Hello, friends near and far! I just found this draft, which I began on Monday May 6, 2019, from Chiclayo, Peru. There is nothing like the nostalgia that comes with January in the northern hemisphere…
Here are my words from that draft:
“Sunday was wonderfully relaxing. I spent the day wandering with two fellow violinists:
one who I’ve known for years and played with multiple times and another who I only met
that day. We met in the bustling plaza in the city centre and then meandered with no care as to the hour,
looking for a good local place to eat humitas for breakfast (after our favourite spot was closed).
This one here was from my second evening here, enjoyed in the company of my dear friend Celeste,
a former colleague from Centro Esperanza, and forever artist and friend. ❤
A humita is an ancient food much like a tamale, prepared with ground corn and fat (usually an olive inside), steamed inside a corn husk bundle, and enjoyed with crunchy, marinated shallots.
I enjoyed this one with delicious locally grown coffee (from the nearby mountains)
and cane sugar (from the fields just outside the city).
* * *
We never found humitas [they are popular and often sell out once the daily supply of fresh ones is exhausted], so we headed to a classic hang out spot that we used to frequent after ensemble
rehearsals. We shared juice made with fresh tropical fruit from la selva (the jungle),
empanadas (Latin American pasties, but more delicious) and pastel de espinaca (spinach pie).
Then we played violin in El Parque de Las Musas, a beautiful park that doesn’t quite fit in
with the rest of the city, with white statues and brightly coloured flowers and neat grass.
We squinted under the bright sun as we shared one instrument. The friend of many years and I chatted and reminisced about concerts and gigs and volunteer gig violin lessons that we gave together from 2013 to 2015. We all listened intently as each took turns playing a song in between chatting.
Then we headed to Pimentel…
where we wandered the beach and boardwalk and took silly photos and admired the surfers and pelicans and fisher peoples in their ancient technology boats. Then we wandered to find a good spot to share a platter of fresh ceviche between the three of us. We were the only ones in an empty restaurant at 3pm. We downed two pitchers of chicha morada, an ancient Peruvian drink made with boiled purple corn, cloves, pineapple, cinnamon, lemon and sugar.
Food in Peru is incredible because locals produce so much of the
diverse ingredients they cook with. There is local, regional pride and heritage in
mestizo traditions and in trusted nutrition practices grounded in ancient knowledge.
With ‘development’ and ‘modernization’ these traditions are being challenged enormously,
but I am heartened by how many prevail and remain largely untouched by globalization
as Peruvians recognize more and more the value in their ancient ways.
Perhaps I take this region for granted, as I am simply so familiar with it. I know many streets and markets and most of the local slang. Where the reasonably priced art stores are. Where carpenters will sell me scraps of wood for art projects. Where the best vegetarian restaurant is, and the hidden location of the best downtown lunch ‘menú‘, prepared by experienced female cooks who smile and greet you as you near the end of the long yellow and green tile-covered hallway. I know where to find the evening and late-night street vendors who prepare fresh mouth-watering concoctions, and, in fall and winter,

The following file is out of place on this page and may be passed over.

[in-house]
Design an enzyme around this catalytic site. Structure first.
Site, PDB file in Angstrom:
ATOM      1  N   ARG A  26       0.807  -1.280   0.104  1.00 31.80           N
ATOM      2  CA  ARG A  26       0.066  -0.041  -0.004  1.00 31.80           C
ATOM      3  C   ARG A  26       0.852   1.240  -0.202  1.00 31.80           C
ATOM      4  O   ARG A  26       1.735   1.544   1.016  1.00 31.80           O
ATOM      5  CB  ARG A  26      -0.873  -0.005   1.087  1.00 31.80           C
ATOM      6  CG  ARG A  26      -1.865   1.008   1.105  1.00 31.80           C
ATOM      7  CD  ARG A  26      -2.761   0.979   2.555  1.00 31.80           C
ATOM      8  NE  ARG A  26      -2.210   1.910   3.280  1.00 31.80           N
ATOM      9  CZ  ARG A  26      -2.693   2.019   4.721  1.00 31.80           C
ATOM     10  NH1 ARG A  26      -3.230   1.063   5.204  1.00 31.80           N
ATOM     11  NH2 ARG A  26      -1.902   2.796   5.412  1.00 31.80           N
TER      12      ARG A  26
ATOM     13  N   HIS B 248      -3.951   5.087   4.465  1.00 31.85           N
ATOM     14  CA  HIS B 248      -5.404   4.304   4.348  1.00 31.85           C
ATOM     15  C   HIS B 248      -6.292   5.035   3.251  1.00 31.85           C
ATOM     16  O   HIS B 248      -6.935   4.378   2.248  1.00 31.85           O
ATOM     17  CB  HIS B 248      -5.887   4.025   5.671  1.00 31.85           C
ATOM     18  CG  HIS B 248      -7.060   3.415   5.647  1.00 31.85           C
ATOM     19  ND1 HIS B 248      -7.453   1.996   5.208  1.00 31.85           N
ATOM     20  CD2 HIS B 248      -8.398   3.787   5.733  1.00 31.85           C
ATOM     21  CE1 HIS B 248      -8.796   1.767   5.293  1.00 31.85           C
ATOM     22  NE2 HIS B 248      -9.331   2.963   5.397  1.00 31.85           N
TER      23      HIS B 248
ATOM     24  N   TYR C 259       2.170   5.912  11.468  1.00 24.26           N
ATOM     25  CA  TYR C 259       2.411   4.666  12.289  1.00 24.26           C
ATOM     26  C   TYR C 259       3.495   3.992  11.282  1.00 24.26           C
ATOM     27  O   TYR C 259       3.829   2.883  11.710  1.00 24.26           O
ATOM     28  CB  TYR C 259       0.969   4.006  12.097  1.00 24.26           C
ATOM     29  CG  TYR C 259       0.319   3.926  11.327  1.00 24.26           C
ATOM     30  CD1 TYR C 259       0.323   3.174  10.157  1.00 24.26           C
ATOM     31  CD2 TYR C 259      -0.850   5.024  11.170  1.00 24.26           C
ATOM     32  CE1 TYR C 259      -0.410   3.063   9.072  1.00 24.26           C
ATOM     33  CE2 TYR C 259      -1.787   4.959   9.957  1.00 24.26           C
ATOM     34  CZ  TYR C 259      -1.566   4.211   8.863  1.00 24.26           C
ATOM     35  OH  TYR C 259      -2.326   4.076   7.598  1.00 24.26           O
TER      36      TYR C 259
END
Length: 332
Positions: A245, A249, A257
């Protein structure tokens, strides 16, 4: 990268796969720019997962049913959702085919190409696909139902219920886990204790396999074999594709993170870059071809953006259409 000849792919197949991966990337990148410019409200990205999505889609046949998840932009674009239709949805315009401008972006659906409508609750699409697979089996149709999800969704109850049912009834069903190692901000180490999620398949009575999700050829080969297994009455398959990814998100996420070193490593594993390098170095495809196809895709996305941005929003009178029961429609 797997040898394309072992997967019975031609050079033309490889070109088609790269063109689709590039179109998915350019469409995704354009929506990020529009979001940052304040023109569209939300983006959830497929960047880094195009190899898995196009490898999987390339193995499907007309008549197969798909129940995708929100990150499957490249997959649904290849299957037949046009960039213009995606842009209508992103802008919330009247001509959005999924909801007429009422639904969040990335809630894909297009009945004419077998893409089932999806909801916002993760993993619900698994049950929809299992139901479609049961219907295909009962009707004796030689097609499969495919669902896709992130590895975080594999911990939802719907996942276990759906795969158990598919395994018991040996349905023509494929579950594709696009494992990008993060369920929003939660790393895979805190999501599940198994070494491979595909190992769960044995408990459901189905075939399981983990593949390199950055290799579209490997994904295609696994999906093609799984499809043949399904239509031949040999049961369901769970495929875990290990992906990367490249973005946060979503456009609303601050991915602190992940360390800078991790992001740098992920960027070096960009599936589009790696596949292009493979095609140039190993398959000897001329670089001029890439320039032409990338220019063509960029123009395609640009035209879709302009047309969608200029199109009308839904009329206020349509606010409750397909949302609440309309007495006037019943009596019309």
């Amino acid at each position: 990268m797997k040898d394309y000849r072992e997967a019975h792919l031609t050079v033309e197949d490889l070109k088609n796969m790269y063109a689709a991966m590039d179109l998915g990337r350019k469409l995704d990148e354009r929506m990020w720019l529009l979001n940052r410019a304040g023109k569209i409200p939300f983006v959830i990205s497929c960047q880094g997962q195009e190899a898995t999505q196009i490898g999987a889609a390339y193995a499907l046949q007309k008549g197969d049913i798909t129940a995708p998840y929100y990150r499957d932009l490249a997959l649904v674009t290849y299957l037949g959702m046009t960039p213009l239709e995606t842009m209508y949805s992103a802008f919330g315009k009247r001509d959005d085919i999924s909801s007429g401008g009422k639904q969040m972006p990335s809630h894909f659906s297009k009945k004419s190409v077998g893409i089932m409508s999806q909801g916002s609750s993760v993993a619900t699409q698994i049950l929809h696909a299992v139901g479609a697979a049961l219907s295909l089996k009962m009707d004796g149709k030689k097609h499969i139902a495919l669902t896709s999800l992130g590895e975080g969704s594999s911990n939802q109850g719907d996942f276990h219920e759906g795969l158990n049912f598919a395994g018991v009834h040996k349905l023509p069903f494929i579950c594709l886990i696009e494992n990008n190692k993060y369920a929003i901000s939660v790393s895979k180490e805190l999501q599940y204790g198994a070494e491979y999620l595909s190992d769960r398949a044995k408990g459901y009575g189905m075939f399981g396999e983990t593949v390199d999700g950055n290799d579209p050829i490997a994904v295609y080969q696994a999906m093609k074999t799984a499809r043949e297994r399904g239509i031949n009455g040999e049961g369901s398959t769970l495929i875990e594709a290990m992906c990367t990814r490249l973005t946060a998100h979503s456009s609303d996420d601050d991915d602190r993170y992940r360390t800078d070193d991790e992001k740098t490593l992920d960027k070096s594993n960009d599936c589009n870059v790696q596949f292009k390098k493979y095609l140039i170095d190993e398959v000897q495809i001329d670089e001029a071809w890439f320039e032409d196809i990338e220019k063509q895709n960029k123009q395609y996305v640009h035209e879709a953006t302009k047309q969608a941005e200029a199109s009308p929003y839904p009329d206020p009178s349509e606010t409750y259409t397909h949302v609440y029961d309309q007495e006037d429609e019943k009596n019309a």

the living rooms converted into restaurants with the best chicken soups fathomable.
. I can give directions, have done so already. I still remember about the buses and minivans of the complex, somewhat informal, transit system and what the fares should be. It is amazing to feel so at ease here after four long years. Coming here meant returning ‘home’.
People in the streets and crowded convis have mostly been assuming I am Peruvian
(one thought I was limeña, from Lima). Twice so far, people asked me if I am Venezuelan;
given the huge influx of political and environmental refugees, that’s a logical guess.
The other day I had to give a new [Venezuelan] taxi driver instructions to drop me at the path
to La Ladrillera village, along a major road. He didn’t know where it was; hadn’t heard of it.
Three days later, a mototaxi driver was mumbling under his breath that I must be lost. He was unconvinced that the left turn I asked him to make was going to get me where I said I was trying to go.
But it did, and he apologized when I said that we had arrived just fine and handed him some coins and thanked him for following my directions. He questioned me to make sure that I knew where I was going. I can only assume what he was wondering; but it was likely the same as what people were puzzled about years ago: why anyone would ask to be left next to a big (smelly) drainage pipe bordering rice fields, under major powerlines, next to a bumpy dirt path with no sign signaling a place name.
But that path leads to friends and families that I have known since 2013.
And they were waiting for a drawing workshop that morning“.
* * *
I didn’t post this in 2019 as the internet kept cutting out that day in May.
I hope your 2021 [in the Gregorian calendar]
is off to a joyful start and that you and your loved ones are well.
Stay safe and happy dreaming and acting to make our shared world
better today, tomorrow, and whenever COVID-19 settles.
Gracias, thank you for reading 🙂